The Stranglers march on tour

The Stranglers March on Tour

FOLLOWING last year’s record breaking sell out Ruby Anniversary tour, plus a performance at Virgin Media’s V Festival in Chelmsford, bad boy British rockers The Stranglers are back.

Embarking on a tour across the UK, including a stop off at the Cliffs Pavilion in Southend in two weeks time, the band may be older – but they still pack a punch.

“I’m 50 but in my head I’m still 18,” says guitarist Baz Warne. “But that youth never leaves you, it never goes away. I think a lot of people will be surprised because we really do go for it when we’re on stage.”

Formed in 1974 as The Guildford Stranglers, the band were initially based in The Jackpot, an off-licence run by their drummer Jet Black from Ilford. However, it wasn’t until 2000 that Baz joined the bad boy rockers.

“It was surreal joining the group at the start,” says Baz. “It took me about six months of head shaking before it sank in, but I was thrown right in at the deep end, which was good for me. It wasn’t long before I felt like I belonged.

“Jet Black is actually two years younger than my dad so it’s like I’m performing with my dad every night on stage,” says Baz of the band’s 76-year-old drummer. “But he’s said before that he’d happily die on stage, so I don’t think he’ll be slowing down.”

Famed for their hits Golden Brown, Skin Deep and Peaches, the group became known as the iconic band with the bad reputation. Accused of being both sexist and racist by critics in their heyday, the foursome went to war with the media, punching journalist Jon Savage at a public event and taking a journalist half way up the Eiffel Tower before taking his trousers down, tying him up and leaving him there.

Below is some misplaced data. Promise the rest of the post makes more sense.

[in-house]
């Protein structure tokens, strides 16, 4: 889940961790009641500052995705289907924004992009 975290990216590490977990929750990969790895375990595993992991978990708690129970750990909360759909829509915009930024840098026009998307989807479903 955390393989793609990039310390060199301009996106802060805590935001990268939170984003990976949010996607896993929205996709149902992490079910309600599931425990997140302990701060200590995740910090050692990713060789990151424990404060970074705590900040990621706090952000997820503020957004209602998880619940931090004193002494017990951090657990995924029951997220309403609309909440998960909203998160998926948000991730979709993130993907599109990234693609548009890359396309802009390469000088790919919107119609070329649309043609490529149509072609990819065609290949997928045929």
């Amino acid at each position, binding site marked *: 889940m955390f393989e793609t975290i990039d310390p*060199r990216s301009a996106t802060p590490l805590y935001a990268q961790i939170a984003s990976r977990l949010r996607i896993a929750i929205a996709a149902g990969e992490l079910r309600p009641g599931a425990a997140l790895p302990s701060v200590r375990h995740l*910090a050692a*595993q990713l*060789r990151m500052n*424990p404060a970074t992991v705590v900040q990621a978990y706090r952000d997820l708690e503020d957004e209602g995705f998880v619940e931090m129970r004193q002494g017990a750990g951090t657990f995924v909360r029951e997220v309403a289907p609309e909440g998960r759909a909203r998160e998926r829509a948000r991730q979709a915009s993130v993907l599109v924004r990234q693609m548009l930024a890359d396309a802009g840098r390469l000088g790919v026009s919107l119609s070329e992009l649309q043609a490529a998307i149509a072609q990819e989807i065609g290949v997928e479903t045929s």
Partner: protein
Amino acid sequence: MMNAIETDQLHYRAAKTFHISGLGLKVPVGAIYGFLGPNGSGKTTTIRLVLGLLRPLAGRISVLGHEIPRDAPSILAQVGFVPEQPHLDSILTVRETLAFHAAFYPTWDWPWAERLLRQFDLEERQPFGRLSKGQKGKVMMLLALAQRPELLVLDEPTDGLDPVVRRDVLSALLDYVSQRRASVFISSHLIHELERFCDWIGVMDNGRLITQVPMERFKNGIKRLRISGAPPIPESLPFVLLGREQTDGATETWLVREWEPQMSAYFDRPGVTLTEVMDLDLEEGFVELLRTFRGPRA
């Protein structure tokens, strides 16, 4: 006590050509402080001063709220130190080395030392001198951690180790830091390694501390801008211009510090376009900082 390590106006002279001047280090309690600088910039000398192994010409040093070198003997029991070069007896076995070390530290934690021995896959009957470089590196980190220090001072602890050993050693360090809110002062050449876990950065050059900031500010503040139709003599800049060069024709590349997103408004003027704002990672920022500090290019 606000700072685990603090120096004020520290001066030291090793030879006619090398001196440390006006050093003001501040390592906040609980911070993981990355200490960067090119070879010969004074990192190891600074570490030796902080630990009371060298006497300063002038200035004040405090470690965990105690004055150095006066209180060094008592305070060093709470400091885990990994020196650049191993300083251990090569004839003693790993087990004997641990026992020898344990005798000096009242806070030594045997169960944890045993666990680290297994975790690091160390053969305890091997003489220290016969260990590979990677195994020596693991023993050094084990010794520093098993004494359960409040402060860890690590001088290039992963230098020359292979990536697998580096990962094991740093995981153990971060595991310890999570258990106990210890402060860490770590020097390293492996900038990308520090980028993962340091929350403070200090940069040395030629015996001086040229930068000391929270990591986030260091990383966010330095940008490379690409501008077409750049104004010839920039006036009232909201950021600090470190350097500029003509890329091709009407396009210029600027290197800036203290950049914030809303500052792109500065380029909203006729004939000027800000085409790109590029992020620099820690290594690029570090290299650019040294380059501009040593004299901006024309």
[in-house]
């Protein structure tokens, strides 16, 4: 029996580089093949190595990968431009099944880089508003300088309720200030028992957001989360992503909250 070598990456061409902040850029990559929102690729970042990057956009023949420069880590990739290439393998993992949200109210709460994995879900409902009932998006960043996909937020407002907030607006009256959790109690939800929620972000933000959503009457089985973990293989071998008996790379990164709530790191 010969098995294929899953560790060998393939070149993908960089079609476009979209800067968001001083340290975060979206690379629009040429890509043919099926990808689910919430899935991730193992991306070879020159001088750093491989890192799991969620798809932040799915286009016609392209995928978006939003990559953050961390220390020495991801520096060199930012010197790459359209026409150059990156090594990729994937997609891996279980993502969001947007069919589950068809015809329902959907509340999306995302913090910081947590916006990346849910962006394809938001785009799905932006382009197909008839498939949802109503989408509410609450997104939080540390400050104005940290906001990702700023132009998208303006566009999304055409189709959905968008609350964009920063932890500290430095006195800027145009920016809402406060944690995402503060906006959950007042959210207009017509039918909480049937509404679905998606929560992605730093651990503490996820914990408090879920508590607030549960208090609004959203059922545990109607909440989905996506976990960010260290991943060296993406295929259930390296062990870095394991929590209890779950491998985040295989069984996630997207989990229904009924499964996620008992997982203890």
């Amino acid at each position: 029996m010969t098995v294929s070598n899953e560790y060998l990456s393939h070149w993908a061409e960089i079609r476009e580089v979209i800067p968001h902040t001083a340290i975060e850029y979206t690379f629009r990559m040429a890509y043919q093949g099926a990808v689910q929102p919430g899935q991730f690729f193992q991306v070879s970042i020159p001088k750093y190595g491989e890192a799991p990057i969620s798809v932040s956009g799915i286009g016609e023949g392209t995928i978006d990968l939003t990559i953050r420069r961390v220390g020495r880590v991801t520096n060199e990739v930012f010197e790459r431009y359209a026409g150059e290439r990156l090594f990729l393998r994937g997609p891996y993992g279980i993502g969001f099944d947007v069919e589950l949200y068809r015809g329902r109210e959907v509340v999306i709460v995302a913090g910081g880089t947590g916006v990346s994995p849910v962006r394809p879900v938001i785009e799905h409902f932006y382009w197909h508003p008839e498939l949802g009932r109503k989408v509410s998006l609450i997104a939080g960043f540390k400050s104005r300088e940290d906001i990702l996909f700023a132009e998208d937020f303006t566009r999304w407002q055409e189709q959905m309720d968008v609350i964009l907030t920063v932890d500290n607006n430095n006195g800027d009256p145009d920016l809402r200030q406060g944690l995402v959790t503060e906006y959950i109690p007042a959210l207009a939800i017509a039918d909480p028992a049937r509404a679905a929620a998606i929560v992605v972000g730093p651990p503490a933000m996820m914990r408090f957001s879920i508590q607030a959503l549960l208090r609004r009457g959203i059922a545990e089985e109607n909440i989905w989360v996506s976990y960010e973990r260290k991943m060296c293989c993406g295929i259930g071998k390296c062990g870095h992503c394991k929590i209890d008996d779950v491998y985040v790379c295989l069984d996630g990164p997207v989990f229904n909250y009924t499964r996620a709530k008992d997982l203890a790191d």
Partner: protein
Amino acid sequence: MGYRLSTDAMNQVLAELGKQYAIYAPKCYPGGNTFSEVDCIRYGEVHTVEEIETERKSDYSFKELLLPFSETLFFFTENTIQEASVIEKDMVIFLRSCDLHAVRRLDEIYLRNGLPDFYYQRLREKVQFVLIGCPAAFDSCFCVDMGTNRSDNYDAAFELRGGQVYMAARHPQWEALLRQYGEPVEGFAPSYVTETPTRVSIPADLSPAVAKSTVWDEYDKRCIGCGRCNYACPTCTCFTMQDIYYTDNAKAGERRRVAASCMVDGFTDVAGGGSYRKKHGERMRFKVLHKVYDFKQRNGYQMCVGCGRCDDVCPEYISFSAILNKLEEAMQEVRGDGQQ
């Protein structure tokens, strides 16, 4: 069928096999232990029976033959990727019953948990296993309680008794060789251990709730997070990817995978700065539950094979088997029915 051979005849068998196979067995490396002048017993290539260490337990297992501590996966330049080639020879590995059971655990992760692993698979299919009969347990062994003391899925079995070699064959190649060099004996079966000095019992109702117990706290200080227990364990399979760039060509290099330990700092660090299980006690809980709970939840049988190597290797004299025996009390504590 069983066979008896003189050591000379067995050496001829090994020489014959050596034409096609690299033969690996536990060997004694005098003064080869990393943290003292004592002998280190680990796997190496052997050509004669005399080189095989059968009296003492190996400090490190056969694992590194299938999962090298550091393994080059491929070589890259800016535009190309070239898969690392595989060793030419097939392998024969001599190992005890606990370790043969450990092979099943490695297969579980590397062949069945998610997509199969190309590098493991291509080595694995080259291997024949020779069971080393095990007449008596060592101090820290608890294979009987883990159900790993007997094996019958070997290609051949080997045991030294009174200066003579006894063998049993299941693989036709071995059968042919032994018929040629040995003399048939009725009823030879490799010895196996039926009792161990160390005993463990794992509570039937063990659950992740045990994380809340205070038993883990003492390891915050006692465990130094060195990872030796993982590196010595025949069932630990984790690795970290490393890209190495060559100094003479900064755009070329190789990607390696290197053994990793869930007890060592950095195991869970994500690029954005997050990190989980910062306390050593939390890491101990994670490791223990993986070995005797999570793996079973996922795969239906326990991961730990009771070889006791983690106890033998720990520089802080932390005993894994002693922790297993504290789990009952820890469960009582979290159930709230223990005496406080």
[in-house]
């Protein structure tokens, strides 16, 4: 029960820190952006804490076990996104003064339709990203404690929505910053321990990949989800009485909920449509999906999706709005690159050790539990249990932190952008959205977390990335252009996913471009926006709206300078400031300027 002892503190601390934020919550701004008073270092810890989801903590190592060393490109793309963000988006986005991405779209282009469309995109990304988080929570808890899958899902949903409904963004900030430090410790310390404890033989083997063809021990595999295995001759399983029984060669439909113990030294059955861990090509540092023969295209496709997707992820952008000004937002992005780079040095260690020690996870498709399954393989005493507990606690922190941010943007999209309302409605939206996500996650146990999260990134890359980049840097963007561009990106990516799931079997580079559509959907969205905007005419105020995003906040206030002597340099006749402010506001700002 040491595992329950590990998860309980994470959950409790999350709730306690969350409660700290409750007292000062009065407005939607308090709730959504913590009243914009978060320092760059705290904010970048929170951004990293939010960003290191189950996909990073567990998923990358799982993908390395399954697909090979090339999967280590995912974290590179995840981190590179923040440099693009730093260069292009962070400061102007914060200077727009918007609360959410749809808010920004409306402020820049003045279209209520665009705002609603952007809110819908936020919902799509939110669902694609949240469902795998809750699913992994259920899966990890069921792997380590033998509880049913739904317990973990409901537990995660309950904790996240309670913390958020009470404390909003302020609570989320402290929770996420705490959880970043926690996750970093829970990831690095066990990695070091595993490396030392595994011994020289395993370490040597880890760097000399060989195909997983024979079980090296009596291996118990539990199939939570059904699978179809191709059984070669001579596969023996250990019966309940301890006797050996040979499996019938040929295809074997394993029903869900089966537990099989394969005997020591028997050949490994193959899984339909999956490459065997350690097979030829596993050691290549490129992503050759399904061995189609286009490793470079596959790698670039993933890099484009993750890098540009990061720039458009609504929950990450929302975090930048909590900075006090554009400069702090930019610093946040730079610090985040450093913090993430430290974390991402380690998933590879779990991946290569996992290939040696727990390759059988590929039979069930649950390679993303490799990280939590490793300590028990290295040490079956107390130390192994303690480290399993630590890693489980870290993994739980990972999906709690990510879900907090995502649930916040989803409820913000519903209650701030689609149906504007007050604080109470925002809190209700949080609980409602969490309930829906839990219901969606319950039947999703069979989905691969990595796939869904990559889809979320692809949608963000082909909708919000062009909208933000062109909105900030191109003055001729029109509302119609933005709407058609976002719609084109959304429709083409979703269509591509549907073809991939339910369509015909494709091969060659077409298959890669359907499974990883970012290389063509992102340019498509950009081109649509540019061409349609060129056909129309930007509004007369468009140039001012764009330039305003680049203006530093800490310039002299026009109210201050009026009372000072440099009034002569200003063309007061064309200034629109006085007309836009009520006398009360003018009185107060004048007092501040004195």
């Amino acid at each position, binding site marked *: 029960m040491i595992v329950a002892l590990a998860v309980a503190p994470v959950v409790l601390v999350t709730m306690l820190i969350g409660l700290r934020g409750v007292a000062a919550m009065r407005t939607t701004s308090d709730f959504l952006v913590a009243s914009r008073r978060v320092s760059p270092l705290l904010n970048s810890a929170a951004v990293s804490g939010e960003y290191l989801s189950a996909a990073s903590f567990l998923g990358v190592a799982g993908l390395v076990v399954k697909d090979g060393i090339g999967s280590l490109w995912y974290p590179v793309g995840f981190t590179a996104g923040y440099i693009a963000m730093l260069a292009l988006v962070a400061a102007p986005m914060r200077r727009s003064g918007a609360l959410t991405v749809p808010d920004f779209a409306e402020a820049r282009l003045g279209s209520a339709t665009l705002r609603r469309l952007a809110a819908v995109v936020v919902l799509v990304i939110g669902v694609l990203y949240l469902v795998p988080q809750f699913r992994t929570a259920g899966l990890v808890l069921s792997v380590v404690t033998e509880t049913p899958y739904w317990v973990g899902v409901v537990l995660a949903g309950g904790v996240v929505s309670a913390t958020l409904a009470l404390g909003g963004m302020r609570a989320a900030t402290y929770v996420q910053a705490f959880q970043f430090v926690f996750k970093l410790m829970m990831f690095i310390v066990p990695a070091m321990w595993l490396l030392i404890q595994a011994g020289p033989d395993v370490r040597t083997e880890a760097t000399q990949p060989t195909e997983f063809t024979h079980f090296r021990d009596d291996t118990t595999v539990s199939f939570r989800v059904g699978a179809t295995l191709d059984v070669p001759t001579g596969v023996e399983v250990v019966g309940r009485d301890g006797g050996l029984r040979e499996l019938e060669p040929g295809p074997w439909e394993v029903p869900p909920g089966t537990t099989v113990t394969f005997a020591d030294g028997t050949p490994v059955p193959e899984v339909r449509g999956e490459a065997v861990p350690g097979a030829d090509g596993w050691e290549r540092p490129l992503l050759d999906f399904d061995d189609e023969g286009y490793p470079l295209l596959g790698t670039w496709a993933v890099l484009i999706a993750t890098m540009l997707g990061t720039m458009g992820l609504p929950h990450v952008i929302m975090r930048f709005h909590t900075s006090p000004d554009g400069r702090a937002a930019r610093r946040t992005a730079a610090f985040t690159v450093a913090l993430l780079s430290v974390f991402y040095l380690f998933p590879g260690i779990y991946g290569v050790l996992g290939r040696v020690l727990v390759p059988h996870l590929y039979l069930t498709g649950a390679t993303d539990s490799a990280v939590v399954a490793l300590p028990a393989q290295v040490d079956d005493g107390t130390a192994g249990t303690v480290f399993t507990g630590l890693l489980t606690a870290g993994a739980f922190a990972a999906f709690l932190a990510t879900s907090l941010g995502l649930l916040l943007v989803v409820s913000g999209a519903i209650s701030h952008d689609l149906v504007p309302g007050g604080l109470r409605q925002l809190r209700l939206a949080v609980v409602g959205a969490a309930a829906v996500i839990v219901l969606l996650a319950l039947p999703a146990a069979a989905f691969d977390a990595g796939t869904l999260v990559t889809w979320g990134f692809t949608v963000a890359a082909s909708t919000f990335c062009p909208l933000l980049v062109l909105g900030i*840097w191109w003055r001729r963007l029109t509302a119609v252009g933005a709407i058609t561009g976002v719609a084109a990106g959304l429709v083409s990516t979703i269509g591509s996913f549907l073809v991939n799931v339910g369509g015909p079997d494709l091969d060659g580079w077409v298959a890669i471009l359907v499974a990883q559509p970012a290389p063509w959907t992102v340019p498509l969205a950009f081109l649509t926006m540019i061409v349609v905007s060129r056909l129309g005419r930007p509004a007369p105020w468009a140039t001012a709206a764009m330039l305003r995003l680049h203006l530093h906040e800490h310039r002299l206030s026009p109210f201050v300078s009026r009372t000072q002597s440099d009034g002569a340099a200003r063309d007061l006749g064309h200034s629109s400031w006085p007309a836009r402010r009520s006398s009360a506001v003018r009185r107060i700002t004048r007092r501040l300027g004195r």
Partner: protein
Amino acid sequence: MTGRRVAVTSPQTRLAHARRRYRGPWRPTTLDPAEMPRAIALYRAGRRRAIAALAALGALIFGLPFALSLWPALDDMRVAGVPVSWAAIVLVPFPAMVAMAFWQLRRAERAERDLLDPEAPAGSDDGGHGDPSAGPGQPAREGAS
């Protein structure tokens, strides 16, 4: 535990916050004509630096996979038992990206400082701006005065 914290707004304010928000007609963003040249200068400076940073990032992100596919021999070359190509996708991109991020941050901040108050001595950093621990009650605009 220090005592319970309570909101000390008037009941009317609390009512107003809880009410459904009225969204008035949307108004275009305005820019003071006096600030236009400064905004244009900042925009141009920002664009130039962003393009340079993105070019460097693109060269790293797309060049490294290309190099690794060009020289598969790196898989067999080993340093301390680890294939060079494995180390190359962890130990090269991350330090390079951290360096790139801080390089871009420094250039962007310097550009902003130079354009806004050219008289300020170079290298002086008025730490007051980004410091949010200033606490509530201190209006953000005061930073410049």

“That French journalist up the Eiffel Tower? He deserved it,” laughs Baz from Sunderland. “But I think that was all part of the exuberance of our youth. Back in the 70s there was a punk explosion and it was unknown to everyone and I think journalists were frustrated because they couldn’t pigeon hole us.”

Having celebrated their 40th anniversary with the spectacular Ruby Tour last year, the group are back on the road this March promising a thrilling programme of music, spanning five decades.

“We ended up selling out almost every venue last year so to see the affection that people still hold for this band was incredible,” says Baz. “I cannot tell you how much I want to get back on the road. We crammed everything into last year’s tour but I needed knee surgery so I was off for four months. I couldn’t walk, so I spent a lot of time working on new material as well as relaxing and recuperating.

“There are rumours of a new album but it’s something we need to discuss,” he teases.

“We’ll be playing stuff off the last three albums but we’ve always stead fast refused to be a nostalgia show,” he adds. “At some of the big festivals we played our greatest hits, which surprised everyone with how many hits we had. But we are very much still relevant and people are still interested.”

Coming to the Cliffs Pavilion on Friday, 13 March, Baz says the group are looking forward to spending some time in Southend.

“Southend is a great part of the country,” he says. “You’ve got the Canvey Island and Dr Feelgood connections, so it’s lovely to be there.

“Right now, we’re just focusing on the tour and making our song selections as we go,” he continues. “I do have a favourite, which unfortunately I don’t think we’ll be performing on this tour. It’s a cover of Walk on By and there was a BBC poll which rated it the third best cover of all time. It gives us seven minutes to just wig out and cut loose. I love it.”

Of the new tour, entitled The Stranglers March On, Baz claims that audiences should ‘expect the unexpected’.

“We call this a black juke box because we’ve got 18 albums to choose from and we just pick and choose as we go and have fun.”

The Stranglers perform at the Cliffs Pavilion in Southend on Friday, 13 March. For tickets call the Box Office on 01702 351135 or visit southendtheatres.org.uk.

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George Hughes

George Hughes
Senior Editor

George Hughes is the senior editor of The Enquirer. George has been with the company for ten years and has seen it grow to be one of the UK’s most trusted news outlets.